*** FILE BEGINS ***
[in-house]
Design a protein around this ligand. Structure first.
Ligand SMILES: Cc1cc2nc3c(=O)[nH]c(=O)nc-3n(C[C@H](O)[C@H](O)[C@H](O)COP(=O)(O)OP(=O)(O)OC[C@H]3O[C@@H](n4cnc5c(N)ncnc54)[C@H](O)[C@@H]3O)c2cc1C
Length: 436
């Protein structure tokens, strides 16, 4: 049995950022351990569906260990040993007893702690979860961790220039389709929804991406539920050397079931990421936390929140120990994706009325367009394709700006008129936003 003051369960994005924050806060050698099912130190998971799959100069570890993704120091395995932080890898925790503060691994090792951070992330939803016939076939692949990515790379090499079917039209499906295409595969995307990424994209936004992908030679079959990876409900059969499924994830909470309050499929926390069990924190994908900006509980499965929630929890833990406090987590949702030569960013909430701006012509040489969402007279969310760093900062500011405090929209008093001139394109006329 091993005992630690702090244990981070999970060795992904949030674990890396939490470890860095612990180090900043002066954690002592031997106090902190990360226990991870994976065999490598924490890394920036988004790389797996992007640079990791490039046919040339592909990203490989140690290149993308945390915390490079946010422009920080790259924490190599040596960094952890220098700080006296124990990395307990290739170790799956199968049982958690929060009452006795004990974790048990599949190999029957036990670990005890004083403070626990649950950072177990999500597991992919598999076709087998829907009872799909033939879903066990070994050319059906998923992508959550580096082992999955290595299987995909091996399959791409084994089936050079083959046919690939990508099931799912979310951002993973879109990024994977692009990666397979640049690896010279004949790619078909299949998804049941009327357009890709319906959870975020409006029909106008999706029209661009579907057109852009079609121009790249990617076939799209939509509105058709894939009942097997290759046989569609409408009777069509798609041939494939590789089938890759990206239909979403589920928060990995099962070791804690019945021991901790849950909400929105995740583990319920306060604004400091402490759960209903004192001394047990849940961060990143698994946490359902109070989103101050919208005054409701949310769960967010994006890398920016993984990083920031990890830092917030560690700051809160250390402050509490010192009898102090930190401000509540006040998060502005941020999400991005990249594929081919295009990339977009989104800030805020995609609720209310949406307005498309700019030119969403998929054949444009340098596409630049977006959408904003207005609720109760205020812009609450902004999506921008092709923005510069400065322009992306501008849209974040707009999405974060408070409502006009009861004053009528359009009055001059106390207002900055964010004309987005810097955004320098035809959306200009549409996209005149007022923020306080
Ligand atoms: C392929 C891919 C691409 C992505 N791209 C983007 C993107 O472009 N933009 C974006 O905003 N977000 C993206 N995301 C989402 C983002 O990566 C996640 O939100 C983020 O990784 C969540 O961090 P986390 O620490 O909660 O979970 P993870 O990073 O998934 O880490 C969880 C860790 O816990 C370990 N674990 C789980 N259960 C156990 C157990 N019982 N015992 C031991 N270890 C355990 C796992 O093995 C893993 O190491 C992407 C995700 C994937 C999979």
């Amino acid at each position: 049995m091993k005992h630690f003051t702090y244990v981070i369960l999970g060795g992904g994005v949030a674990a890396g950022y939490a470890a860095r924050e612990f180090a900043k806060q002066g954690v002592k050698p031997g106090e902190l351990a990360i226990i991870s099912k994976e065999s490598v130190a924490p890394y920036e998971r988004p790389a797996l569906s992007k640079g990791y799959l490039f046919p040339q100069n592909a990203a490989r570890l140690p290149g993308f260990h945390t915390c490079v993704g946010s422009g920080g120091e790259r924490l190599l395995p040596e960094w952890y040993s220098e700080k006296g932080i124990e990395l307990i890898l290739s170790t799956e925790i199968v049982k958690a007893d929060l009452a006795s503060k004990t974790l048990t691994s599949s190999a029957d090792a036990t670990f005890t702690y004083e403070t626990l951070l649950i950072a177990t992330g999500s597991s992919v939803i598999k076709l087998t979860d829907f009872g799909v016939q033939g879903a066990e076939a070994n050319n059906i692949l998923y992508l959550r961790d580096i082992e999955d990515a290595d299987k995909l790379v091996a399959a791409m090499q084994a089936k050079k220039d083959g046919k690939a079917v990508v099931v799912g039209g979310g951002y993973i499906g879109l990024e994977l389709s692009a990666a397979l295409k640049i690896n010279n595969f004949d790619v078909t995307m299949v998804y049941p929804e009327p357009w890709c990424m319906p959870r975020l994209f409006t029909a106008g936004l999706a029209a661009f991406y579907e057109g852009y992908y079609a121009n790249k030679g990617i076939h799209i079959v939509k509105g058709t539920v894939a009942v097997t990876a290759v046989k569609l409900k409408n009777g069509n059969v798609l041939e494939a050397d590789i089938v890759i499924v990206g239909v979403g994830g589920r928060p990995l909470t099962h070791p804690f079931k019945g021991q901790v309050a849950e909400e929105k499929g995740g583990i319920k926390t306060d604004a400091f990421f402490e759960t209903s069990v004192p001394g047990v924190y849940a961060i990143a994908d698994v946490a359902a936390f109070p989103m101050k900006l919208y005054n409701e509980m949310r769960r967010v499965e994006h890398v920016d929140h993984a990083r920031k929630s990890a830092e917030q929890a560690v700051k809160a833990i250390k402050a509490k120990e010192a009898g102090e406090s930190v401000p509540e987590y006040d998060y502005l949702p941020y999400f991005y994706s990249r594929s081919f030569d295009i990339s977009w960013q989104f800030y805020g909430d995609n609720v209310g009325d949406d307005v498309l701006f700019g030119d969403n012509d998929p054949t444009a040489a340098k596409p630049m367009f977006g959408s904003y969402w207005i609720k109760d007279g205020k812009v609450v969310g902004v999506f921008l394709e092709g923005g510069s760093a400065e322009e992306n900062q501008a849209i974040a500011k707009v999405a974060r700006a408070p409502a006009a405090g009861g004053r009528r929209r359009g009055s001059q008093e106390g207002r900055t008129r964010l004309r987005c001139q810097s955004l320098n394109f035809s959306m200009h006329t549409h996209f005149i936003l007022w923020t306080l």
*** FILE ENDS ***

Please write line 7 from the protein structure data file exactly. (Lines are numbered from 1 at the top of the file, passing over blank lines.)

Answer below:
């Amino acid at each position: 049995m091993k005992h630690f003051t702090y244990v981070i369960l999970g060795g992904g994005v949030a674990a890396g950022y939490a470890a860095r924050e612990f180090a900043k806060q002066g954690v002592k050698p031997g106090e902190l351990a990360i226990i991870s099912k994976e065999s490598v130190a924490p890394y920036e998971r988004p790389a797996l569906s992007k640079g990791y799959l490039f046919p040339q100069n592909a990203a490989r570890l140690p290149g993308f260990h945390t915390c490079v993704g946010s422009g920080g120091e790259r924490l190599l395995p040596e960094w952890y040993s220098e700080k006296g932080i124990e990395l307990i890898l290739s170790t799956e925790i199968v049982k958690a007893d929060l009452a006795s503060k004990t974790l048990t691994s599949s190999a029957d090792a036990t670990f005890t702690y004083e403070t626990l951070l649950i950072a177990t992330g999500s597991s992919v939803i598999k076709l087998t979860d829907f009872g799909v016939q033939g879903a066990e076939a070994n050319n059906i692949l998923y992508l959550r961790d580096i082992e999955d990515a290595d299987k995909l790379v091996a399959a791409m090499q084994a089936k050079k220039d083959g046919k690939a079917v990508v099931v799912g039209g979310g951002y993973i499906g879109l990024e994977l389709s692009a990666a397979l295409k640049i690896n010279n595969f004949d790619v078909t995307m299949v998804y049941p929804e009327p357009w890709c990424m319906p959870r975020l994209f409006t029909a106008g936004l999706a029209a661009f991406y579907e057109g852009y992908y079609a121009n790249k030679g990617i076939h799209i079959v939509k509105g058709t539920v894939a009942v097997t990876a290759v046989k569609l409900k409408n009777g069509n059969v798609l041939e494939a050397d590789i089938v890759i499924v990206g239909v979403g994830g589920r928060p990995l909470t099962h070791p804690f079931k019945g021991q901790v309050a849950e909400e929105k499929g995740g583990i319920k926390t306060d604004a400091f990421f402490e759960t209903s069990v004192p001394g047990v924190y849940a961060i990143a994908d698994v946490a359902a936390f109070p989103m101050k900006l919208y005054n409701e509980m949310r769960r967010v499965e994006h890398v920016d929140h993984a990083r920031k929630s990890a830092e917030q929890a560690v700051k809160a833990i250390k402050a509490k120990e010192a009898g102090e406090s930190v401000p509540e987590y006040d998060y502005l949702p941020y999400f991005y994706s990249r594929s081919f030569d295009i990339s977009w960013q989104f800030y805020g909430d995609n609720v209310g009325d949406d307005v498309l701006f700019g030119d969403n012509d998929p054949t444009a040489a340098k596409p630049m367009f977006g959408s904003y969402w207005i609720k109760d007279g205020k812009v609450v969310g902004v999506f921008l394709e092709g923005g510069s760093a400065e322009e992306n900062q501008a849209i974040a500011k707009v999405a974060r700006a408070p409502a006009a405090g009861g004053r009528r929209r359009g009055s001059q008093e106390g207002r900055t008129r964010l004309r987005c001139q810097s955004l320098n394109f035809s959306m200009h006329t549409h996209f005149i936003l007022w923020t306080l």